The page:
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Movie Review: Charlie Wilson’s War

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Sometimes a movie can ride on the fact that it’s got big and talented stars and a clever script and it works just fine. However in the case of Charlie Wilson’s War that simply isn’t enough, because the rest it has to offer feels muddled, confusing, and irritatingly restrained.

Charlie Wilson’s War is a biography/drama about a Texas congressman and his covert dealings with Afghanistan, where his efforts to assist rebels in their fight against the Soviets has had long-reaching effects.

In all fairness my negative reaction to this film is really a case of “it’s not you, it’s me”. For some reason I just couldn’t get into the groove of the whole thing; although the script is very clever and very well written, it's the combination of the insider mentality, including copious amounts of names of places, people, and countries, and a certain satire that just doesn't sit right with me. I’m sure there are plenty of folks out there who will just “get” what the film is aiming for, but I am not one of them.

Although I realise it’s a personal portrayal of one man’s story within the goings-on of the time period, I still couldn’t get it out of my head that it could have been pushed a lot further than it was. There are all these different events, places, people, and so on that are mentioned or alluded to frequently, but we never really see many of them. It might have helped if I had some prior knowledge or interest in the events tackled instead of going in completely blind and as a result there were plenty of times within its fairly brisk 95 minutes where I was utterly lost. To me the only real merits of this film were the actors and performances on the menu.

First off we have Tom Hanks and it goes without saying he’s just great here. I always thought he had a certain suaveness about him and he just needed the right kind of role, such as Charlie Wilson, to show off that attribute. It’s always very clear whether someone is forcing a performance or it comes to them naturally and in Hanks’ case here it’s definitely an example of the latter.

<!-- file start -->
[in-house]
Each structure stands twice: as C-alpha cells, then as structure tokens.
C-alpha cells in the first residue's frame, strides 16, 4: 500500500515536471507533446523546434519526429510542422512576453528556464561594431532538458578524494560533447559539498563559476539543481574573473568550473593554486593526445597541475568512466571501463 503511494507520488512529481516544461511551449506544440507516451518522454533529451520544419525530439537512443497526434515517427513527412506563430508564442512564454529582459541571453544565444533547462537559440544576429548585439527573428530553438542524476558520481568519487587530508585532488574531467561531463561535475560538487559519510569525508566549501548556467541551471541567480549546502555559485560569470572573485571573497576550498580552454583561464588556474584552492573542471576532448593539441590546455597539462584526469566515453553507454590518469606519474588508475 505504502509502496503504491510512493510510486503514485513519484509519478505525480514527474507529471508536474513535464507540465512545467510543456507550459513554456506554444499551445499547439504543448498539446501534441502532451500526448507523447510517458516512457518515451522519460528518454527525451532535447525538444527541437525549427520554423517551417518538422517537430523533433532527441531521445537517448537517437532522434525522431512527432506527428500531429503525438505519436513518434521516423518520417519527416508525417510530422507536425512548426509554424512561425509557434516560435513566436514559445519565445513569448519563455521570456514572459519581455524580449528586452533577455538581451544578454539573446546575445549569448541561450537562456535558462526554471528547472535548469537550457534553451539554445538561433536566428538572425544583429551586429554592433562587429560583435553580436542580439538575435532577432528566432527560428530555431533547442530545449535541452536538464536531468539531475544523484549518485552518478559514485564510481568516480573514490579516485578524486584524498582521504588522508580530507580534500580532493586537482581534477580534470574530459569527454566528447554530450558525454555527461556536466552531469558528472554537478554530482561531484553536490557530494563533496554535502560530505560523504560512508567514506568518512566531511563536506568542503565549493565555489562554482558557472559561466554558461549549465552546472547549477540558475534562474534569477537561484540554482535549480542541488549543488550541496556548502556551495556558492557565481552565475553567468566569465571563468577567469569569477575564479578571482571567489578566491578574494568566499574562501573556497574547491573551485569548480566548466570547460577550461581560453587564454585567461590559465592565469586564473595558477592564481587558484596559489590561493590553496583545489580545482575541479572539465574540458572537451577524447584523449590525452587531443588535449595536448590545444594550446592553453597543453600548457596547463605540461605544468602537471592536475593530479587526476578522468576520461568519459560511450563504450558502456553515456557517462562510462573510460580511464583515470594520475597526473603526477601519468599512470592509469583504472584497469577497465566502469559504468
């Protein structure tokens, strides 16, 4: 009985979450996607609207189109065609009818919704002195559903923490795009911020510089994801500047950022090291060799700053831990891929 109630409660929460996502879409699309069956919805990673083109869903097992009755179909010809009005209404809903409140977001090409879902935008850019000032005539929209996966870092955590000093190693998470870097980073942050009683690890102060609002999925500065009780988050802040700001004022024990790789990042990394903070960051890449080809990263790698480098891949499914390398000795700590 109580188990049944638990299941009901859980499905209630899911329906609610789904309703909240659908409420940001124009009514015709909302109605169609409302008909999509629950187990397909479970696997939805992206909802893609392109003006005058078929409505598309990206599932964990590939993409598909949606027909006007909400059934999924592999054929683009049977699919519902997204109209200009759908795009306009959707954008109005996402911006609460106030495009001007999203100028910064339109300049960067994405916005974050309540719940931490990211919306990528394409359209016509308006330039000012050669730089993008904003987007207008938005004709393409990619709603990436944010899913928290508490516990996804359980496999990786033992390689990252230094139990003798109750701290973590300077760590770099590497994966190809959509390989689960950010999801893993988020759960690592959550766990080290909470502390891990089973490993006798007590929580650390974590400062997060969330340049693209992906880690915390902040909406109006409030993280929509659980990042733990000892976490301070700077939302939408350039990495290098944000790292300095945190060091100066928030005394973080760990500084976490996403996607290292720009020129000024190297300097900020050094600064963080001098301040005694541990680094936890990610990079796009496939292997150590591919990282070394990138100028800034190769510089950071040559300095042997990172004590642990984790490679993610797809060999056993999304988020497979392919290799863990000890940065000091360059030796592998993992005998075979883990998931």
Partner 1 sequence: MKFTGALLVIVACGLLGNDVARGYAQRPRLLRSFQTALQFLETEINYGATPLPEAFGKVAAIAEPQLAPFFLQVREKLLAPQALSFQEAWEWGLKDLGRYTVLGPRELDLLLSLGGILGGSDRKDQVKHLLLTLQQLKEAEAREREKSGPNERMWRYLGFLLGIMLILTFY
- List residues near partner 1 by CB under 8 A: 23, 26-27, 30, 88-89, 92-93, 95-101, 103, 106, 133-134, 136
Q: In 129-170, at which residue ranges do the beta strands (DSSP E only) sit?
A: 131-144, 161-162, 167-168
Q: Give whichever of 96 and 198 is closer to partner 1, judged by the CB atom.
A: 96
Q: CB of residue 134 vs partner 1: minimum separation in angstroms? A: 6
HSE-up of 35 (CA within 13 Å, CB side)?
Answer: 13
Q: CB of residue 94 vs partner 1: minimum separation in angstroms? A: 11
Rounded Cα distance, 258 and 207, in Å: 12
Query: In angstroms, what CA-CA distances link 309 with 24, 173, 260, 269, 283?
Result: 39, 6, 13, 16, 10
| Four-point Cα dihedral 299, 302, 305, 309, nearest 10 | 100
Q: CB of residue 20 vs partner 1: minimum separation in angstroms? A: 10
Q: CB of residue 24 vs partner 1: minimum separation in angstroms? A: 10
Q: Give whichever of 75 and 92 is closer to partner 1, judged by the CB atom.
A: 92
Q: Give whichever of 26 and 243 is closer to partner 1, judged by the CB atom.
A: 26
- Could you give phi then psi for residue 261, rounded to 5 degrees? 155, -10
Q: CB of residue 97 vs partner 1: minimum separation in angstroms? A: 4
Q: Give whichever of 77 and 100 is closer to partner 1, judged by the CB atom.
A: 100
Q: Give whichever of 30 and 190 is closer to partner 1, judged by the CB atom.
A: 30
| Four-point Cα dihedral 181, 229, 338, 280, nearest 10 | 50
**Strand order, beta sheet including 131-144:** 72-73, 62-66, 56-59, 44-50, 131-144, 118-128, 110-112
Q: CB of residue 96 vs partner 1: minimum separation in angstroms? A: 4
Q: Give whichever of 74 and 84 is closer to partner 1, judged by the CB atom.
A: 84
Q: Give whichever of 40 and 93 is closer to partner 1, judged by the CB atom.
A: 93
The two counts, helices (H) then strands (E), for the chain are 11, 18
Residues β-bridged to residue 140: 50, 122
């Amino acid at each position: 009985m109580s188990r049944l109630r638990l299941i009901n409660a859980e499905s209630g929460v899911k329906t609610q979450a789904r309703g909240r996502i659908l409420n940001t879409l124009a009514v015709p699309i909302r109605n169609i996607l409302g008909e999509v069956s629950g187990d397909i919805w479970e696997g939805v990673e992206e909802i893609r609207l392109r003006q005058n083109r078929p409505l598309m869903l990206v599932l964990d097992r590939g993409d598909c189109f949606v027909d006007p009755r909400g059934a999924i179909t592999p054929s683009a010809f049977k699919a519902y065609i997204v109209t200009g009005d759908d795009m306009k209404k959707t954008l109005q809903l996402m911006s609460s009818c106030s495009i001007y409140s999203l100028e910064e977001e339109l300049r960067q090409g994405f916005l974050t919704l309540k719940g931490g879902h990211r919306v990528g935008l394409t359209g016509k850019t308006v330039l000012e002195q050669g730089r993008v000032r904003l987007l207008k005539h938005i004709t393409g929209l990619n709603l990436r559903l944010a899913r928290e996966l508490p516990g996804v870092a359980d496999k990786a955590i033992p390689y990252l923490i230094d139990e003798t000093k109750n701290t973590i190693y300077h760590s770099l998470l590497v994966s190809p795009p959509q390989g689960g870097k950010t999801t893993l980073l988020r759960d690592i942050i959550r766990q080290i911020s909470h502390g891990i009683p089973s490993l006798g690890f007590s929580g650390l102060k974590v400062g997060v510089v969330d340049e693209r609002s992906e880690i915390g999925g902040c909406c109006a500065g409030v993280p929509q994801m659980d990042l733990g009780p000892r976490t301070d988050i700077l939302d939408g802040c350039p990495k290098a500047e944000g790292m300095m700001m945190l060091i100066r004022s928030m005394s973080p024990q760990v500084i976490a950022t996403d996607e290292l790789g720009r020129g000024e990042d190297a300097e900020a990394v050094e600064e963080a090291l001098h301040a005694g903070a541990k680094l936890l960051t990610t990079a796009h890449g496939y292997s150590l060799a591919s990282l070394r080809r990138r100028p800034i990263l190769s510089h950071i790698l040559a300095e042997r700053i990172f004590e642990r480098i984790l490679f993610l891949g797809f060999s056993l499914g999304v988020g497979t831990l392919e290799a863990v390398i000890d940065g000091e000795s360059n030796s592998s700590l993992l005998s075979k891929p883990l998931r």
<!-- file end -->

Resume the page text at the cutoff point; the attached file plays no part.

Supporting him is the very fun Julia Roberts and the fantastic Philip Seymour Hoffman. Roberts seems a little bit off-kilter here but to me that was part of the character; that plastic, driven type who’s just a lot of fun to be around, whatever the conversational subject at hand might be. However it’s Hoffman who puts in the best performance, agreed upon by the Academy as they nominated him for Best Supporting Actor earlier this year. This guy could stand next to people like Marlon Brando or Daniel Day-Lewis and he wouldn’t seem remotely out of place. Along with his amazing performances in The Savages and Before the Devil Knows You’re Dead this has been an impressive year for him indeed; that’s a triple punch of performances to shout from the movie theatre roofs about.

Like I said, I am not savvy about the events that the film tackles so I can’t say whether or not they take liberties with the facts. Perhaps it’s time for me to brush up on certain subjects I am not familiar with, just so I can keep on track when a film like this comes along. All I can say, as an uninformed viewer, I didn’t feel I had learned anything all that important from this.

I certainly welcome more films like this which offer up such impressive casts and such well written screenplays. In this case, however, it doesn’t help that the rest of it wasn’t all that interesting or attention grabbing, at least not to me. I’m sure there are plenty of movie goers out there who will adore this flick but I certainly can’t say I’m one of them.

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About Ross Miller

  • The movie is based on the excellent book by George Crile. The movie is reasonably accurate to the events portrayed in the book, although it tends to understate various elements and overplays others at times and compresses the events of 10 years into a 2 hr screenplay.

  • I think that’s the movie’s problem – the fact that a huge amount of events (and stuff from the book) has to be boiled down and shortened to less than a couple of hours. It’s very difficult to get an adaptation (of a book or real life events) right and I think this film doesn’t.